New jury selected for David Drumm fraud trial
A new jury was selected this afternoon in the David Drumm fraud trial.
Eight men and seven women were selected for the new jury at Dublin Circuit Criminal Court where former Anglo Irish Bank chief executive David Drumm (51) is charged with false accountancy and conspiracy to defraud in 2008. He has pleaded not guilty to the charges.
The original jury was discharged this morning after one of its members informed Judge Karen O'Connor he had difficulties which made it inappropriate for him to continue on the jury.
Judge O'Connor discharged the man this morning and said she had no alternative but to discharge the entire jury. She had indicated the jury had already been sworn and charged to carry out its duties and a foreperson elected by the jury.
After the original jury was selected, seven of its members were excused from serving on the jury after making requests to be excused. A number of them had indicated they had difficulties about the long, five-month expected duration of the trial. All those members were replaced and that jury of 15 was formally charged on Thursday with its duties and a foreperson was selected.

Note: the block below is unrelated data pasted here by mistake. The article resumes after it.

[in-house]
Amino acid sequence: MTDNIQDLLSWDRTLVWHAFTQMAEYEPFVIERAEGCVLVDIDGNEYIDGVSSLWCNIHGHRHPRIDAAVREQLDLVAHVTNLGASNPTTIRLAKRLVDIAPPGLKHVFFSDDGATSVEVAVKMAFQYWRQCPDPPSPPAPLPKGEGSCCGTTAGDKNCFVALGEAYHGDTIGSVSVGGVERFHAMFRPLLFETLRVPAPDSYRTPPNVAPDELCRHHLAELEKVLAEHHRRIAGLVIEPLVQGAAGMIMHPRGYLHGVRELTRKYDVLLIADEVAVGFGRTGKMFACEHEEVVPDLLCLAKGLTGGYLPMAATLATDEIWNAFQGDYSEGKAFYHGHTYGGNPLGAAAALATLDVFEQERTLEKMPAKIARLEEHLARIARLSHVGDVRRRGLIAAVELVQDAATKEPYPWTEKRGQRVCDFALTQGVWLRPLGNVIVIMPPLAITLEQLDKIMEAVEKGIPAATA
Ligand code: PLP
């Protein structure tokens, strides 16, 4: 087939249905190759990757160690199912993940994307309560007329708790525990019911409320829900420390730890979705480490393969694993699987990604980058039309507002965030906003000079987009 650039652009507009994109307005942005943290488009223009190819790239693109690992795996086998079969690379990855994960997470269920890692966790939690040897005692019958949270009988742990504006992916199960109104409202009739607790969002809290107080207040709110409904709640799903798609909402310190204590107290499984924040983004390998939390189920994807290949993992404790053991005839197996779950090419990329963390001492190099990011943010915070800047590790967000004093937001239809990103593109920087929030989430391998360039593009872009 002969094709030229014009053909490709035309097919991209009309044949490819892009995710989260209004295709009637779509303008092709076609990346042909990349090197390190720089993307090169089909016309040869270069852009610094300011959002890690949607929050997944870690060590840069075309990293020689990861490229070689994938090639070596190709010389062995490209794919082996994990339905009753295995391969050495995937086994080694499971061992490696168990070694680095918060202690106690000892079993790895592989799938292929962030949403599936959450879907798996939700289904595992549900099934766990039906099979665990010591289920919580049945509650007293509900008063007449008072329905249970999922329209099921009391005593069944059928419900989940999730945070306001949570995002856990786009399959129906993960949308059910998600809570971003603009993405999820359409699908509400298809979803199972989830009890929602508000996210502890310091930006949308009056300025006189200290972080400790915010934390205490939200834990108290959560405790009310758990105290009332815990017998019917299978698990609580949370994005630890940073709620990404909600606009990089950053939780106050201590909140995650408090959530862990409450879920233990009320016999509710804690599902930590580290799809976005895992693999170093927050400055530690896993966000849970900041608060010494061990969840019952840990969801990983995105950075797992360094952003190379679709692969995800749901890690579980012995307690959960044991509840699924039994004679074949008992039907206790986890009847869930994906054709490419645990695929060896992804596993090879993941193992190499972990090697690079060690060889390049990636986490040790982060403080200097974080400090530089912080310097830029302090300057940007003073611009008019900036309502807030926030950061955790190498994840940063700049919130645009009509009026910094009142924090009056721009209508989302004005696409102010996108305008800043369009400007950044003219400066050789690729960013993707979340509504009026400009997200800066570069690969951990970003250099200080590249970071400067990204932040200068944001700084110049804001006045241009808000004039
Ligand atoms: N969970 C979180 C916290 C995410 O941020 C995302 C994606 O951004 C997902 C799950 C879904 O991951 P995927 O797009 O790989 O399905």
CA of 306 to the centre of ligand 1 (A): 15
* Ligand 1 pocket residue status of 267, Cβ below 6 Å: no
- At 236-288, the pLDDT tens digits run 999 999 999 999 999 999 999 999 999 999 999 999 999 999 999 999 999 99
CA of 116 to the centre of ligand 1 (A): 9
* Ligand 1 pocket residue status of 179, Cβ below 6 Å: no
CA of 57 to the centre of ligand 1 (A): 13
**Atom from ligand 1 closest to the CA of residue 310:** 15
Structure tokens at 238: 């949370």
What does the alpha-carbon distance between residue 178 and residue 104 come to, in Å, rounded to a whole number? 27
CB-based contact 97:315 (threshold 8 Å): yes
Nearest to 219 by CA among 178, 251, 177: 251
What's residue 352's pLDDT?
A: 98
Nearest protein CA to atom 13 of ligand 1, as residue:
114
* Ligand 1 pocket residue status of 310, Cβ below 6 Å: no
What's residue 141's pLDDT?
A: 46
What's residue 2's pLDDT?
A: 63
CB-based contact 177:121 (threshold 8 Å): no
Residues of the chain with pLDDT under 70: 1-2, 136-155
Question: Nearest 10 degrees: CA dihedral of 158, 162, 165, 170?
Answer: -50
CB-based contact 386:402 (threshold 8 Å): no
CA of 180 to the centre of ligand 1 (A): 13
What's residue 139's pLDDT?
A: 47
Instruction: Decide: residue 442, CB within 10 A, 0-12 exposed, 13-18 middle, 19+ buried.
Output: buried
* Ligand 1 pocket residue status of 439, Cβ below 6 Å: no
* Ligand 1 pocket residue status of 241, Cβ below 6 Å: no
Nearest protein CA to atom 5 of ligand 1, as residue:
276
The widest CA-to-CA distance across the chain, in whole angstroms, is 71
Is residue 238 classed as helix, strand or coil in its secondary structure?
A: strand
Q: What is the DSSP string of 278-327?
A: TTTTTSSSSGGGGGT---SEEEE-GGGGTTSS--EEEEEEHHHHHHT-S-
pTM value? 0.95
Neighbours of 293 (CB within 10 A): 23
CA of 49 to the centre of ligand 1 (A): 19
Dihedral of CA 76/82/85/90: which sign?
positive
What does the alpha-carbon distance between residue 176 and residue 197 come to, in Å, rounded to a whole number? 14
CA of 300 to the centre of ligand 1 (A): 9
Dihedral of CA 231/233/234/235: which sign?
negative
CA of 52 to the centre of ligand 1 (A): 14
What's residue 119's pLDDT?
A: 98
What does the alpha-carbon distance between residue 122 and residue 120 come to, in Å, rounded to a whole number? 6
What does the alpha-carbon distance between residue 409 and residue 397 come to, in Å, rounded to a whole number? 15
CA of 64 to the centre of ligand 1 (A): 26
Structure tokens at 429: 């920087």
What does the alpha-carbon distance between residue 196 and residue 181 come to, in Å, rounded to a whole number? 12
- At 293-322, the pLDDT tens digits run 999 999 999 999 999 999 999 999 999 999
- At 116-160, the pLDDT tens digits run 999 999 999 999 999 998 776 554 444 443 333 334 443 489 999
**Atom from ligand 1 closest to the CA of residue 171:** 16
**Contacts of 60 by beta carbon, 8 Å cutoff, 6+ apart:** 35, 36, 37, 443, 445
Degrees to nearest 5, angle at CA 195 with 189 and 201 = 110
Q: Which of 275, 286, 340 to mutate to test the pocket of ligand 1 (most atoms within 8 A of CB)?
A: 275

When the court was informed on Friday that a member of the newly constituted jury had made a request to be excused, the judge ruled that the matter would be dealt with today.
The normal 12-member jury is expanded to 15 members in trials that are expected to last more than two months to make provision for any member becoming unavailable to continuing serving on the jury.
Prosecuting senior counsel Paul O'Higgins said earlier the Director of Public Prosecutions stressed it was very important that the trial commence with 15 jury members.
Legal argument has been proceeding since Thursday in the absence of the jury. Legal argument is expected to last until the end of January.
Mr Drumm (51), former chief executive of Anglo Irish Bank, has pleaded not guilty to charges of conspiracy to defraud and false accounting.
It is alleged Mr Drumm conspired with former Anglo executives John Bowe and Willie McAteer, former Irish Life and Permanent chief executive Denis Casey, and others to defraud depositors and investors at Anglo by dishonestly creating the impression that deposits in 2008 were €7.2bn larger than they were.